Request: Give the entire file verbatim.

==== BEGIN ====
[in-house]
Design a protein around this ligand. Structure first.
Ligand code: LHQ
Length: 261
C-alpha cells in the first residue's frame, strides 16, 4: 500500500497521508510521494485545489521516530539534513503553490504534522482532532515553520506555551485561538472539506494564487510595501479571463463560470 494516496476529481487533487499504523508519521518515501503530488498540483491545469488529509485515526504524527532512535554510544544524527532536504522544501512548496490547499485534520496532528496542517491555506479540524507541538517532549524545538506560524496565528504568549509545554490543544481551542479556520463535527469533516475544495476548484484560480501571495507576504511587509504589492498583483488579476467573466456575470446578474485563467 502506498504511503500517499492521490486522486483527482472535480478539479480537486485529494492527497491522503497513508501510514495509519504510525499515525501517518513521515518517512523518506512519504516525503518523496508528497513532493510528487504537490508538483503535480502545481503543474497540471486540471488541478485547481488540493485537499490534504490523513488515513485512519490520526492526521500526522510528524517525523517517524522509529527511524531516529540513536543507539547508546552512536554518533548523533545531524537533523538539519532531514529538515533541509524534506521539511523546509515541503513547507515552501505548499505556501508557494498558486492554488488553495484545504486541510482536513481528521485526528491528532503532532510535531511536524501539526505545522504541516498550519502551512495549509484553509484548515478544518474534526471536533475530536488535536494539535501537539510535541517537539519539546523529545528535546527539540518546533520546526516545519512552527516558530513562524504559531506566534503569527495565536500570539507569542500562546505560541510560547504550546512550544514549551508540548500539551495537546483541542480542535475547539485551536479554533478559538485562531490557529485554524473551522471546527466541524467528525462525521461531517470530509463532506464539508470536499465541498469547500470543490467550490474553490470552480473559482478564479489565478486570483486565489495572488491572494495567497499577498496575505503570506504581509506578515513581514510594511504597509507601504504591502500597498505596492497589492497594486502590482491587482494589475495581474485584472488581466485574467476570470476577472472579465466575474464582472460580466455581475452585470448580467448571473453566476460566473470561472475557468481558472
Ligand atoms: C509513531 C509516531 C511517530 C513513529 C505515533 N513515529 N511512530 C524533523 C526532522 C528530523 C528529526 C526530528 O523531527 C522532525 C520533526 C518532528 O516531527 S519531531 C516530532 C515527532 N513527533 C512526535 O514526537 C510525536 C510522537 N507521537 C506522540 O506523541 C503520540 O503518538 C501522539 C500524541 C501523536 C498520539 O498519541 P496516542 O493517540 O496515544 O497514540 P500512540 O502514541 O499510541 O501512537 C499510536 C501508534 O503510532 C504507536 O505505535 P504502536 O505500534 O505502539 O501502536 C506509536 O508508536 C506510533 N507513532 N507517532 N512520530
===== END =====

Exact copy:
[in-house]
Design a protein around this ligand. Structure first.
Ligand code: LHQ
Length: 261
C-alpha cells in the first residue's frame, strides 16, 4: 500500500497521508510521494485545489521516530539534513503553490504534522482532532515553520506555551485561538472539506494564487510595501479571463463560470 494516496476529481487533487499504523508519521518515501503530488498540483491545469488529509485515526504524527532512535554510544544524527532536504522544501512548496490547499485534520496532528496542517491555506479540524507541538517532549524545538506560524496565528504568549509545554490543544481551542479556520463535527469533516475544495476548484484560480501571495507576504511587509504589492498583483488579476467573466456575470446578474485563467 502506498504511503500517499492521490486522486483527482472535480478539479480537486485529494492527497491522503497513508501510514495509519504510525499515525501517518513521515518517512523518506512519504516525503518523496508528497513532493510528487504537490508538483503535480502545481503543474497540471486540471488541478485547481488540493485537499490534504490523513488515513485512519490520526492526521500526522510528524517525523517517524522509529527511524531516529540513536543507539547508546552512536554518533548523533545531524537533523538539519532531514529538515533541509524534506521539511523546509515541503513547507515552501505548499505556501508557494498558486492554488488553495484545504486541510482536513481528521485526528491528532503532532510535531511536524501539526505545522504541516498550519502551512495549509484553509484548515478544518474534526471536533475530536488535536494539535501537539510535541517537539519539546523529545528535546527539540518546533520546526516545519512552527516558530513562524504559531506566534503569527495565536500570539507569542500562546505560541510560547504550546512550544514549551508540548500539551495537546483541542480542535475547539485551536479554533478559538485562531490557529485554524473551522471546527466541524467528525462525521461531517470530509463532506464539508470536499465541498469547500470543490467550490474553490470552480473559482478564479489565478486570483486565489495572488491572494495567497499577498496575505503570506504581509506578515513581514510594511504597509507601504504591502500597498505596492497589492497594486502590482491587482494589475495581474485584472488581466485574467476570470476577472472579465466575474464582472460580466455581475452585470448580467448571473453566476460566473470561472475557468481558472
Ligand atoms: C509513531 C509516531 C511517530 C513513529 C505515533 N513515529 N511512530 C524533523 C526532522 C528530523 C528529526 C526530528 O523531527 C522532525 C520533526 C518532528 O516531527 S519531531 C516530532 C515527532 N513527533 C512526535 O514526537 C510525536 C510522537 N507521537 C506522540 O506523541 C503520540 O503518538 C501522539 C500524541 C501523536 C498520539 O498519541 P496516542 O493517540 O496515544 O497514540 P500512540 O502514541 O499510541 O501512537 C499510536 C501508534 O503510532 C504507536 O505505535 P504502536 O505500534 O505502539 O501502536 C506509536 O508508536 C506510533 N507513532 N507517532 N512520530